CMU Trends Digital

Trends: Game Changers – innovation, disruption and new music technology at M For Montreal

By | Published on Tuesday 23 December 2014

M For Montreal

CMU’s Chris Cooke attended the recent M For Montreal convention in Canada and while there five experts with very different perspectives on recent digital developments shared their insights with him.

Visualising the streaming experience
with OpenAura’s Marisol Segal
Beyond the licensing squabbles, and the question as to whether or not YouTube really can turn its massive freemium audience into music subscribers, the other thing the video site’s new music set-up will do is make the streaming experience more visual. Something its sister service Google Play has been slowly evolving for sometime. And even if YouTube Music Key flunks, that’s a trend that is likely to be seen across the market. [READ MORE]

What does the rise of the streaming sector mean for radio with Alan Cross

As someone who has written about, talked about and championed new music for decades, and who has closely monitored developments in the digital music space over the last fifteen years, Canadian broadcaster Alan Cross could input into our overview of digital trends in multiple ways. But I was most interested in what he thought about the clash that is occurring between the rapidly rising streaming services and his own industry, that of radio. [READ MORE]

Direct-to-fan developments with Bandcamp’s Andrew Jervis

Despite the booming streaming music market – and the very vocal debate about the pros and cons of freemium and premium subscription services that has rumbled on for much of the year – for me the most exciting development in music enabled by the internet remains direct-to-fan, and the ability for artists and their business partners to better service core fanbase, who are often willing to spend more money on their favourite acts if only the industry provides the products and services on which they can spend. [READ MORE]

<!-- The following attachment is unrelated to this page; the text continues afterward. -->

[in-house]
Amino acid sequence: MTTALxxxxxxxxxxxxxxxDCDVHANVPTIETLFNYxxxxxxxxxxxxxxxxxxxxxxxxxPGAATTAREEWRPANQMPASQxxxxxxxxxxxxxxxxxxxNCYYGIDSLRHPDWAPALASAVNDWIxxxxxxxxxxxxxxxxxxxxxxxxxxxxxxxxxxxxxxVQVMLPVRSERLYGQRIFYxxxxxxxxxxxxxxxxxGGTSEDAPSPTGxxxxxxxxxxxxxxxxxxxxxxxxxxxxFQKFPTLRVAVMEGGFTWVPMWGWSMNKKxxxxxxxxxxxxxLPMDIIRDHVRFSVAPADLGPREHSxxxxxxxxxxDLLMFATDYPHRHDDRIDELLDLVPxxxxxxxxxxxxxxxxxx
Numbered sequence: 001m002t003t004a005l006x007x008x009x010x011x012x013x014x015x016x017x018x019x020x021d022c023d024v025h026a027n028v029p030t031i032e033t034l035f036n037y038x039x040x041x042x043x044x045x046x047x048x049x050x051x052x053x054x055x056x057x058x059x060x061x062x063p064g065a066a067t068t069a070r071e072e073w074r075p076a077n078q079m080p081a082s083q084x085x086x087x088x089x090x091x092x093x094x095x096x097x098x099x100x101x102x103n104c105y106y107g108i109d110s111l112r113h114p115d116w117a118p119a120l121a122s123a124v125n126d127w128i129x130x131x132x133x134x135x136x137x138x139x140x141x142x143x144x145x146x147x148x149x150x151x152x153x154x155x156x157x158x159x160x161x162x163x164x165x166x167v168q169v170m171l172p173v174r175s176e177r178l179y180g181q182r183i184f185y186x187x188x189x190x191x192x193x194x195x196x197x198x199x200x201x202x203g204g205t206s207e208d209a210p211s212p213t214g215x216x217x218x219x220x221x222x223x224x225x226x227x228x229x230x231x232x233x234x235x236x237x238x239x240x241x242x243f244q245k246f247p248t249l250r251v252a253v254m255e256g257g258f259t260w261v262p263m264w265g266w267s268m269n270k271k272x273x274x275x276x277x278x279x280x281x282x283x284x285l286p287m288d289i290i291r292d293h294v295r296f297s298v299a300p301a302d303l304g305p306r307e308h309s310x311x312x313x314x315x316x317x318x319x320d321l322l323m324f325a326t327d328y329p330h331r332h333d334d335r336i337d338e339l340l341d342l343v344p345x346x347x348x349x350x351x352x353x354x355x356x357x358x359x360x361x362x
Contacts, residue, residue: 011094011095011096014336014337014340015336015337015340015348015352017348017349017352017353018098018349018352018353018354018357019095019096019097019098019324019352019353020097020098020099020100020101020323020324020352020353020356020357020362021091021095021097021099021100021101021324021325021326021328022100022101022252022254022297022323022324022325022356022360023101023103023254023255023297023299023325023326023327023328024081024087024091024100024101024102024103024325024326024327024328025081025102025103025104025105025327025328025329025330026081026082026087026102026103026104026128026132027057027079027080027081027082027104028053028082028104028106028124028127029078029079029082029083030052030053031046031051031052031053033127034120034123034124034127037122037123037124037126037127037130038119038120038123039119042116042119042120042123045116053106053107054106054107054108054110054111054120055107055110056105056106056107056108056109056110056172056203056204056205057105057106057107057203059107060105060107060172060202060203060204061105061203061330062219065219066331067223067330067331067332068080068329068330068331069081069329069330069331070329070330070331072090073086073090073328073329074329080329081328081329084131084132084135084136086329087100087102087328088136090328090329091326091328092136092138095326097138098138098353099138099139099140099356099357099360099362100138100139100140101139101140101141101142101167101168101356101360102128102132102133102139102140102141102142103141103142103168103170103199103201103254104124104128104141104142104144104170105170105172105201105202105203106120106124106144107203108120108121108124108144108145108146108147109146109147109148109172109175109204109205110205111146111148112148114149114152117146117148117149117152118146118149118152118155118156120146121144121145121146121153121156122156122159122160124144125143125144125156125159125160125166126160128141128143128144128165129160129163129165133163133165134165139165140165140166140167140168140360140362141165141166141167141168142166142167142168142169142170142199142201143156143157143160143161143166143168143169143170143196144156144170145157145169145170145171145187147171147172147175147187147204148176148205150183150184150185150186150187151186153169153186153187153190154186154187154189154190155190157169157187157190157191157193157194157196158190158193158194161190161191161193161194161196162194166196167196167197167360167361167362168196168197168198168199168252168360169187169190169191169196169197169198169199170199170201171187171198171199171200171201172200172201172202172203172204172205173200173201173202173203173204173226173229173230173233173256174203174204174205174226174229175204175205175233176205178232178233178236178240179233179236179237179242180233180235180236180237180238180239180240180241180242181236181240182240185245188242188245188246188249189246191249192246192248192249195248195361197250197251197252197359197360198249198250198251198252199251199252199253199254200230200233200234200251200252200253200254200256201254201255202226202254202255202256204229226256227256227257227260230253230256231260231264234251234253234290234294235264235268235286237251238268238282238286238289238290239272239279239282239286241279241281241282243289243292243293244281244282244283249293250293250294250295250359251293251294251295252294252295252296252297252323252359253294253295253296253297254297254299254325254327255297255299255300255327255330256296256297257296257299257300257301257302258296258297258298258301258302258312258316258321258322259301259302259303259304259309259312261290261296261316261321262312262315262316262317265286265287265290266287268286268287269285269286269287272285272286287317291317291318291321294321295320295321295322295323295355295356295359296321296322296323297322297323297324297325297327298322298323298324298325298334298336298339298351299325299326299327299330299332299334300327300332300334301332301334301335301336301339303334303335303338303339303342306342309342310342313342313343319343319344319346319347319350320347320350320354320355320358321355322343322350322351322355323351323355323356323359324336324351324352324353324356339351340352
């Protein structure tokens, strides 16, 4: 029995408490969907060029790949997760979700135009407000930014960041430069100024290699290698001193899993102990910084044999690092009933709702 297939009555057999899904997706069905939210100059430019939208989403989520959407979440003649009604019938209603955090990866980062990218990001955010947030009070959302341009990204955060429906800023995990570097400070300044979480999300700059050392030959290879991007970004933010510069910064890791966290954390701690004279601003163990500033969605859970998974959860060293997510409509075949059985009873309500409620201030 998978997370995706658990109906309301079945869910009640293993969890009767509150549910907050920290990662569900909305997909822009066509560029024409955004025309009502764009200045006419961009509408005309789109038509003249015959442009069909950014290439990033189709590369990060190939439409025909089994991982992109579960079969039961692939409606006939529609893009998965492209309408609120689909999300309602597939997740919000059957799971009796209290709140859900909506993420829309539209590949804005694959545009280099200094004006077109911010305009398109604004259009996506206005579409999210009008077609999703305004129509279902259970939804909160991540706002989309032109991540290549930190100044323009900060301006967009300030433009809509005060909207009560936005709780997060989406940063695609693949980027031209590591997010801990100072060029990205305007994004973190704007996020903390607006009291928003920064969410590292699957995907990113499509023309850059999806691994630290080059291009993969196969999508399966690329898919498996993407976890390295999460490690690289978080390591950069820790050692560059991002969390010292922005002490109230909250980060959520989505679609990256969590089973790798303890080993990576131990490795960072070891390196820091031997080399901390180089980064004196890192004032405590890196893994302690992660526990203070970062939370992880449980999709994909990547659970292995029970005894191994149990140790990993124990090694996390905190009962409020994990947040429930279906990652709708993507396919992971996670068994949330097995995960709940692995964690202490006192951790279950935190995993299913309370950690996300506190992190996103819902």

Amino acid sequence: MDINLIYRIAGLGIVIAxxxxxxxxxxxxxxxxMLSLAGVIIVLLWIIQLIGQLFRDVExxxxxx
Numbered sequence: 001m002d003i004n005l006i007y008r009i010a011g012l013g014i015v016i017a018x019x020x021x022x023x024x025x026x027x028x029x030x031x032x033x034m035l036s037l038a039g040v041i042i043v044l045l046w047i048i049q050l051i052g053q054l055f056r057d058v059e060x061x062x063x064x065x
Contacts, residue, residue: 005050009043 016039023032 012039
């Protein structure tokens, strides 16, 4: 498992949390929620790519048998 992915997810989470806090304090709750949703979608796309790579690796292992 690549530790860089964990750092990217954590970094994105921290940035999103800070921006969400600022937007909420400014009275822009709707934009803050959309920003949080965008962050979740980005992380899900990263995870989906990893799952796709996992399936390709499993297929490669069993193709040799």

Rapid evolution in music making tech with MixGenius’ Justin Evans
Most debate on the digital music revolution centres on consumer-facing platforms – download stores, streaming services and direct-to-fan channels – which make it simpler for fans to access music, and much easier for artists to get their tracks out into the wider world (even if the challenge of then finding an audience remains). [READ MORE]

Standing out through innovations in content and tech with Powster’s James Swindells
Not only has digital become the primary way many consumers buy or listen to music, digital channels are now also key to the music industry’s marketing campaigns, and just as new technologies mean digital music consumption is constantly evolving, the same is true of digital marketing. [READ MORE]

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